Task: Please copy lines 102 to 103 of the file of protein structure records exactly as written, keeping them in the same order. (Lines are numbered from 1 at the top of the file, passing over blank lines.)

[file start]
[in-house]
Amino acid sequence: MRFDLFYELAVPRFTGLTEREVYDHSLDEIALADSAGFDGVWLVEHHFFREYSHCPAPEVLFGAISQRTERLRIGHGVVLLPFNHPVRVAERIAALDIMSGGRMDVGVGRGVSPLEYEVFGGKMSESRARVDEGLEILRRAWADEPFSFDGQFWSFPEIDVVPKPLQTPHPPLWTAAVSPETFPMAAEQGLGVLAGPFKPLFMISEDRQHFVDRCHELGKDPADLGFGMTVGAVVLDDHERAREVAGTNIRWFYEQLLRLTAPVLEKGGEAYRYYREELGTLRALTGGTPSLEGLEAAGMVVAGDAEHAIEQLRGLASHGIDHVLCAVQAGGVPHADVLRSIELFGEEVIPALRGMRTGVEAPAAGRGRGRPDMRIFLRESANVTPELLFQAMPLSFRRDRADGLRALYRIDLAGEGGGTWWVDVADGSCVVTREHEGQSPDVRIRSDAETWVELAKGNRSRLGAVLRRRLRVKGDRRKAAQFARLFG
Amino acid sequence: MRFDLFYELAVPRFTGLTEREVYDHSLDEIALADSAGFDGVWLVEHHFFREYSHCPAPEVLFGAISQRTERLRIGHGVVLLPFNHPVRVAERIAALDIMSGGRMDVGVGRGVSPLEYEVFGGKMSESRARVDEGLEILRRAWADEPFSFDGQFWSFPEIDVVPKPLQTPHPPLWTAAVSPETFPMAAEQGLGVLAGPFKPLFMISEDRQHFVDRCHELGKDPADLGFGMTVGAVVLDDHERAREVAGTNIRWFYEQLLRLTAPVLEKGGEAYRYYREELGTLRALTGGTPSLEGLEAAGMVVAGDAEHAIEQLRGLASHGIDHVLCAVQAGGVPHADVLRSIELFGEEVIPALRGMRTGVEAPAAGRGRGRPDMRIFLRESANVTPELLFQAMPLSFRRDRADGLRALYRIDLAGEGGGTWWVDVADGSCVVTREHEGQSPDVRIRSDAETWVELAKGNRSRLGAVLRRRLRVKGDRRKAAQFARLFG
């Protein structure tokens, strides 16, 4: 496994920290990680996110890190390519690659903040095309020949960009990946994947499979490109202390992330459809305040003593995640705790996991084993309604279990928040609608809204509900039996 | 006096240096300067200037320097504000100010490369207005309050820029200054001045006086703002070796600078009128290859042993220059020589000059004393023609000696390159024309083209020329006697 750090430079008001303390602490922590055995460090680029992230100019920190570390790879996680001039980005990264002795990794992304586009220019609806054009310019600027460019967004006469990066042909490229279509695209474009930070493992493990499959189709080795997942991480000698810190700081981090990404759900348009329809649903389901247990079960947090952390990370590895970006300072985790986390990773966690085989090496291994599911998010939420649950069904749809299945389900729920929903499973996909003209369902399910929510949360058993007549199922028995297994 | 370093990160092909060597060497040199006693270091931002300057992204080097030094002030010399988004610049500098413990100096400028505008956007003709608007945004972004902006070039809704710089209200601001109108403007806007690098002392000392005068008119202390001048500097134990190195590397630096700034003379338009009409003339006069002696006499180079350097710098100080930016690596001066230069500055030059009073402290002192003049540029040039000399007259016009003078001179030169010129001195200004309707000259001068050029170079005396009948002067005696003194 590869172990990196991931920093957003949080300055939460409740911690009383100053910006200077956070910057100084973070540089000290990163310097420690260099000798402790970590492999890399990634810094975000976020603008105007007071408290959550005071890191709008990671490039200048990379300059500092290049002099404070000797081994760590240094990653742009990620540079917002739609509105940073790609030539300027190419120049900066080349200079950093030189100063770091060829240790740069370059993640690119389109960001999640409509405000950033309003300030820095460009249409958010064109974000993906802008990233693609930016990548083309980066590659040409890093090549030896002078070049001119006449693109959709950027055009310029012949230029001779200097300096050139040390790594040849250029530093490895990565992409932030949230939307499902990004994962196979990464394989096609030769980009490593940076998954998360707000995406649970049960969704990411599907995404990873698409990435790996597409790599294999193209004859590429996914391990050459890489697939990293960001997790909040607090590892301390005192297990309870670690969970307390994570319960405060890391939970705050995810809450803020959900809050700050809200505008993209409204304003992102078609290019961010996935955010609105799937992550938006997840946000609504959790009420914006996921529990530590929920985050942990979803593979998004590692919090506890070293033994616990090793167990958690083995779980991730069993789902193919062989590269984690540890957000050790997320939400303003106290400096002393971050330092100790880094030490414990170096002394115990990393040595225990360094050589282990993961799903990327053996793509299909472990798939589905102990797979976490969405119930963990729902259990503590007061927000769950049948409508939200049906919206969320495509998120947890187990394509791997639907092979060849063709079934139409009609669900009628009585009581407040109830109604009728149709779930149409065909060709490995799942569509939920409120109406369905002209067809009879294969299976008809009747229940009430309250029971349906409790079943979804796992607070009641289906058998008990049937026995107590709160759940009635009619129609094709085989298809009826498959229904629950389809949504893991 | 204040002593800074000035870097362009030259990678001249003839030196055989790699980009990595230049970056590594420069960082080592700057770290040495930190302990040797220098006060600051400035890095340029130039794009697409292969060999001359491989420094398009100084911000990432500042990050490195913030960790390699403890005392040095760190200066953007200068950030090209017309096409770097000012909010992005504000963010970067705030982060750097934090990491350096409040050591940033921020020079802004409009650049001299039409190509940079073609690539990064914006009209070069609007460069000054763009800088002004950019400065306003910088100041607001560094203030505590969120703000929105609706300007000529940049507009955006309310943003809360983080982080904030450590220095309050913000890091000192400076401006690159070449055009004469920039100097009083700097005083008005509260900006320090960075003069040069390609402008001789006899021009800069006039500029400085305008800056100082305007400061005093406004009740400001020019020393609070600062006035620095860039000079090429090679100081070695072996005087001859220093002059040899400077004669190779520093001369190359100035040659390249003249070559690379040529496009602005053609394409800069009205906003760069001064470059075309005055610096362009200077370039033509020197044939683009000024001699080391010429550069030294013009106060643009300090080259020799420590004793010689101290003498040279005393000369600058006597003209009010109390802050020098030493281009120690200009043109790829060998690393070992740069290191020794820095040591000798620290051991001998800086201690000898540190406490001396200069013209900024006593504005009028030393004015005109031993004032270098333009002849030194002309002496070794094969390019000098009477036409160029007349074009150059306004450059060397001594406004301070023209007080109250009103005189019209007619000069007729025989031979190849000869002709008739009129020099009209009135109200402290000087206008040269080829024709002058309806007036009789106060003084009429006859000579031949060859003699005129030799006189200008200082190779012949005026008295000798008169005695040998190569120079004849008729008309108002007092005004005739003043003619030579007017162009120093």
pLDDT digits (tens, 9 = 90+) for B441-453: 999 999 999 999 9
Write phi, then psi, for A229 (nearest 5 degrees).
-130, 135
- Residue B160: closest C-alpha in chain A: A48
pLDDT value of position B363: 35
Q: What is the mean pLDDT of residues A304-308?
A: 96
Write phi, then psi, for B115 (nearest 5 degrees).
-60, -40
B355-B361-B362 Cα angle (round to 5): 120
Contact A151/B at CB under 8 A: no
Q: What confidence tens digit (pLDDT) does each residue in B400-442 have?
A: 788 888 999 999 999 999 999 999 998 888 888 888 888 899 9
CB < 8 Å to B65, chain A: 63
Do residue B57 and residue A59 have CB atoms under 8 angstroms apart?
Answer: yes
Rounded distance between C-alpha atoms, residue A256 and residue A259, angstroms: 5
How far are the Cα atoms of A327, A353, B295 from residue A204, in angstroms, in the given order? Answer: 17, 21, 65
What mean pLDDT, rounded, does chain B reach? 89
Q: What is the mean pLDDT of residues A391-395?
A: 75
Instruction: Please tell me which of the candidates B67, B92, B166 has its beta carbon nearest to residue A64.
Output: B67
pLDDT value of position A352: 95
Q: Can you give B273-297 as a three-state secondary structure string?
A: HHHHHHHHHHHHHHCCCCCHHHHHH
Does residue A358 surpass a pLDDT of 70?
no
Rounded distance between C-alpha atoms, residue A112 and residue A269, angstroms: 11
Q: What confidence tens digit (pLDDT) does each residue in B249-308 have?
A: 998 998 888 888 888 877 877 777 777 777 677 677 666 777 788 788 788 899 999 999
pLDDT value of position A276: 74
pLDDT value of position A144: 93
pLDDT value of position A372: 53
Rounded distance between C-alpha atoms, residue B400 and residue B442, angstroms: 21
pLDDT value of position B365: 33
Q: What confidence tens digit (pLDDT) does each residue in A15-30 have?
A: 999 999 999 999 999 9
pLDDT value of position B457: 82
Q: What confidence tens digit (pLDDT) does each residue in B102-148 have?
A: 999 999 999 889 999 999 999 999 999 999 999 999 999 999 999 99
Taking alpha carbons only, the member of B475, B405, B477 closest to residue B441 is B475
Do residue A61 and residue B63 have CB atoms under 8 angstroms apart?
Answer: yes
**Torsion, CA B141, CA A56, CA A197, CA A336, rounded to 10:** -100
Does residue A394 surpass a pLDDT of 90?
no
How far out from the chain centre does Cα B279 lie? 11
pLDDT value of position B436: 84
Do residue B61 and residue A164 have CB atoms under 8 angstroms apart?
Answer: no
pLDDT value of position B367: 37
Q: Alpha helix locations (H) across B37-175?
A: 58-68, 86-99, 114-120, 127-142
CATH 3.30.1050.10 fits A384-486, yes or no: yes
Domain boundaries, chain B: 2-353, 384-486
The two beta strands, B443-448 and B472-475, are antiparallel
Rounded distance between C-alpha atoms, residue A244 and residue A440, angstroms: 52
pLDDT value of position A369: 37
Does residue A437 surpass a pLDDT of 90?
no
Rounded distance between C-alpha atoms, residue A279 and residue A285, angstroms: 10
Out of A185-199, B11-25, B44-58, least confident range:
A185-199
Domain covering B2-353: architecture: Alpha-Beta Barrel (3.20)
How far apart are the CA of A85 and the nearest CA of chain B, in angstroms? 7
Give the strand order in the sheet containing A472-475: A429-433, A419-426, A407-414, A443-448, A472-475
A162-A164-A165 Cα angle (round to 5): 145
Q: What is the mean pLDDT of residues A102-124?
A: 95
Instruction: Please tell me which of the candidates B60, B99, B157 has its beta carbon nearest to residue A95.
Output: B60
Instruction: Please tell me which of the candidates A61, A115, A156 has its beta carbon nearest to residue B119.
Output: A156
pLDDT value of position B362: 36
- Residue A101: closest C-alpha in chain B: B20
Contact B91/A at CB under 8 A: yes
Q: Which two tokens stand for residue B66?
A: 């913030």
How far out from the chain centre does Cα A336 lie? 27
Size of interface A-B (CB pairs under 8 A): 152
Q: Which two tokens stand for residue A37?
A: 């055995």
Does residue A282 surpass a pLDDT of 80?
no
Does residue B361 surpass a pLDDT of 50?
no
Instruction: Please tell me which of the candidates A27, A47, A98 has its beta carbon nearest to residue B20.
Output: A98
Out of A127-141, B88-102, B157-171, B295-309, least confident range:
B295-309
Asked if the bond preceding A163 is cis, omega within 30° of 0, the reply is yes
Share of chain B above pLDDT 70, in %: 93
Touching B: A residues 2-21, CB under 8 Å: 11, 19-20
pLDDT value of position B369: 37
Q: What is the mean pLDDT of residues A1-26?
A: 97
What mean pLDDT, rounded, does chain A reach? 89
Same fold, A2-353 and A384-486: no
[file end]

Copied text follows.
What mean pLDDT, rounded, does chain A reach? 89
Same fold, A2-353 and A384-486: no